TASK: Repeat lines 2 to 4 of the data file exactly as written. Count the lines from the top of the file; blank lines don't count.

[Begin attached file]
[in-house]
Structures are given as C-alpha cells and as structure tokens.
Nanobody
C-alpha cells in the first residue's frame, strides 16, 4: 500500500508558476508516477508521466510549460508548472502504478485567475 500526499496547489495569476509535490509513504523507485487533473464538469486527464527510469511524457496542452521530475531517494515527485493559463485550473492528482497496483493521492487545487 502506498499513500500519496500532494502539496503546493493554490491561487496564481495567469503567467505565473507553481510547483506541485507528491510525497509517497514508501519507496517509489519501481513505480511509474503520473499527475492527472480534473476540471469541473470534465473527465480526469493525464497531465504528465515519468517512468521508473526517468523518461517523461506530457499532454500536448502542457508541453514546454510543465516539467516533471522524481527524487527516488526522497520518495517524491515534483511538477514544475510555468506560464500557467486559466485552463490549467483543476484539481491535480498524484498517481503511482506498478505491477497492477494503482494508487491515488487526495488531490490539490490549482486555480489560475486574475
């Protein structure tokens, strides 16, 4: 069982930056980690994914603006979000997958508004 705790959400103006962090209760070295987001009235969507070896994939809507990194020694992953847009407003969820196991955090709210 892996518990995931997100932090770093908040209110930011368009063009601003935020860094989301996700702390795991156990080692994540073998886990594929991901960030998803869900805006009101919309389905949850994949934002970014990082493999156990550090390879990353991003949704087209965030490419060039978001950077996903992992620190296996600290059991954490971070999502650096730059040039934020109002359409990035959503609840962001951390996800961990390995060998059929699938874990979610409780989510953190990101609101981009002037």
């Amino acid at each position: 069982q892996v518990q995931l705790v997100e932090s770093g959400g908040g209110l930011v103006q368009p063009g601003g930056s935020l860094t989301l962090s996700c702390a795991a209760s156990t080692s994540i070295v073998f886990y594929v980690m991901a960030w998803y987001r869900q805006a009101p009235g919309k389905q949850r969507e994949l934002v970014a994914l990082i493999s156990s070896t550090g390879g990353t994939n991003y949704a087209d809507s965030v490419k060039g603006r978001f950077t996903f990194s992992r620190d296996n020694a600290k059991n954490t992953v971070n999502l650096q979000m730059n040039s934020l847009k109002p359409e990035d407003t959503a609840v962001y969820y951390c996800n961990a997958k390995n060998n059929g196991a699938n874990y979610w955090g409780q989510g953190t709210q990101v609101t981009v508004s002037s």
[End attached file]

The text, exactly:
Structures are given as C-alpha cells and as structure tokens.
Nanobody
C-alpha cells in the first residue's frame, strides 16, 4: 500500500508558476508516477508521466510549460508548472502504478485567475 500526499496547489495569476509535490509513504523507485487533473464538469486527464527510469511524457496542452521530475531517494515527485493559463485550473492528482497496483493521492487545487 502506498499513500500519496500532494502539496503546493493554490491561487496564481495567469503567467505565473507553481510547483506541485507528491510525497509517497514508501519507496517509489519501481513505480511509474503520473499527475492527472480534473476540471469541473470534465473527465480526469493525464497531465504528465515519468517512468521508473526517468523518461517523461506530457499532454500536448502542457508541453514546454510543465516539467516533471522524481527524487527516488526522497520518495517524491515534483511538477514544475510555468506560464500557467486559466485552463490549467483543476484539481491535480498524484498517481503511482506498478505491477497492477494503482494508487491515488487526495488531490490539490490549482486555480489560475486574475